Boetsch, Reyes earn impressive finishes in OKC


Read on for Fight Night OKC main card results…


Middleweight veteran Tim Boetsch spoiled the Oklahoma homecoming of Johny Hendricks on Sunday, stopping the former welterweight champion in the first round of their UFC Fight Night co-main event at Chesapeake Energy Arena in Oklahoma City.

Boetsch used his movement and superior hand speed to take the lead early, but Ada’s Hendricks did start finding his range late in the opening frame, getting him on the board.

Thirty seconds into the second round, though, Boetsch suddenly struck with a right kick to the head that drove Hendricks into the fence, and “Bigg Rigg” was unable to recover, with Boetsch emptying his tank with a series of right uppercuts that put Hendricks on the deck and brought in referee Kevin McDonald to stop the fight at the :46 mark.

With the win, Boetsch ups his record to 21-11. Hendricks, who missed weight at 188 pounds, falls to 18-7.


No. 13-ranked strawweight contender Felice Herrig made it three consecutive wins, scoring a unanimous decision win over Ultimate Fighter 20 cast mate Justine Kish.

A wild scramble saw the fighters tumble to the mat in the first minute, and while Herrig (13-6) was able to take Kish’s back, Kish (6-1) fought her way out of trouble and to her feet. Herrig got another takedown moments later, and this time she got the mount. Again, Kish got loose and upright, and on Herrig’s next takedown attempt, the Californian was able to work her way into the top position.

After the first round was fought mainly on the mat, Herrig and Kish decided to keep it standing for the first three minutes of the second, with the two engaging in several exchanges. Kish emerged from these with a cut over her eye, and Herring went on to score a takedown, adding to her point total before Kish reversed position late in round two.

Herrig kept the ground pressure on in round three, and remarkably Kish was able to survive a tight rear naked choke, but the “Lil’ Bulldog” was relentless in her attack, and she dominated the final frame en route to a decision win by verdicts of 30-26 twice and 29-27.


Highly touted light heavyweight prospect Dominick Reyes lived up to his “Devastator” nickname, knocking out Denmark’s Joachim Christensen in the first round.

Fighting for only the seventh time as a pro, Reyes went on the attack immediately, and after rocking Christensen, he refused to let him off the hook, with a big straight left hand being the catalyst for referee Gary Ritter to halt the fight 29 seconds into the bout.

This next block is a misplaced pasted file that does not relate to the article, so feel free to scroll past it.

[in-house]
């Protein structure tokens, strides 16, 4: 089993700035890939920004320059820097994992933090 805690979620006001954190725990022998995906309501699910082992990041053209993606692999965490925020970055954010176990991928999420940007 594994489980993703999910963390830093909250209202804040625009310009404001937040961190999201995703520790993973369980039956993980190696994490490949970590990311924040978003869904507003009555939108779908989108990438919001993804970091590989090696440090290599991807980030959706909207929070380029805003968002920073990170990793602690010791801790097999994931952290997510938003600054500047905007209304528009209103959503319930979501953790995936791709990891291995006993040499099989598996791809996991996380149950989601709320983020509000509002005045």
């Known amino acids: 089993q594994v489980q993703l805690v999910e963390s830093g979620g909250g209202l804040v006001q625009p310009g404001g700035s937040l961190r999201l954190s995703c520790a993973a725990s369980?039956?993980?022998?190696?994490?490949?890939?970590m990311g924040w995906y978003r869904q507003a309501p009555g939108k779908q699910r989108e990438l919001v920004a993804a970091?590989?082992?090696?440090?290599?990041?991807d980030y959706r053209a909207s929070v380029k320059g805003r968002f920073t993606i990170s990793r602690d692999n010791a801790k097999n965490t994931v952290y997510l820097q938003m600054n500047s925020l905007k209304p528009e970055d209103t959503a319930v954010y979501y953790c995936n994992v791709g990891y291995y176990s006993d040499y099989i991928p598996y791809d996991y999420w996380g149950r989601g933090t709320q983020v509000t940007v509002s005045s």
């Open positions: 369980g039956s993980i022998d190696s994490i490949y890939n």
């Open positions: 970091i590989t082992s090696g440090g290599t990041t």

Reyes moves to 7-0 with the win; Christensen falls to 14-6.


It wasn’t a barnburner, but welterweight veteran Tim Means will take the win over Alex Garcia, which he scored via unanimous decision.

Scores were 29-28 across the board for Means, now 27-8-1 with 1 NC. Garcia falls to 14-4.

Garcia was throwing heat from the start, jarring Means in the opening minute before getting a brief takedown. Once Means rose, Garcia kept him locked up briefly before the Albuquerque product fought loose. Means was able to settle in from long range, but when Garcia would rush in, he was scoring well with hard punches.

The pace ground to a standstill in round two, with a couple solid shots by Means perhaps earning him the frame.

Garcia got a quick takedown to start the third stanza, but Means scrambled up immediately, landing a punch as he rose for good measure, and for the rest of the round, “The Dirty Bird” was able to use his height and reach advantage to keep Garcia from threatening him any further.


UFC Hall of Famer BJ Penn looked better than he had in his previous two fights at featherweight, but it wasn’t enough to get by Dennis Siver, who defeated the Hawaiian via majority decision.

In the first round, Penn and Siver didn’t fight at a pace expected from two 38-year-olds, but as the frame wore on, it was Siver (23-11, 1 NC) who was the busier and more effective of the two, with his wide variety of kicks being his main weapon of choice.

Penn (16-12-2) started getting his jab on target in the second, and that was able to slow down Siver’s kicking game slightly. With a little under two minutes left, Penn dropped Siver with a right uppercut, and while he was unable to do anything with his foe on the mat, that knockdown likely won him the round.

The positives of the second round disappeared for Penn in the final frame, though, as Siver put the pressure on, outworked “The Prodigy,” and looked to have the former two-division champion on the verge of a stoppage. Penn made it to the final horn, but it was Siver’s night, as the Germany product won via scores of 29-28, 29-27 and 28-28.


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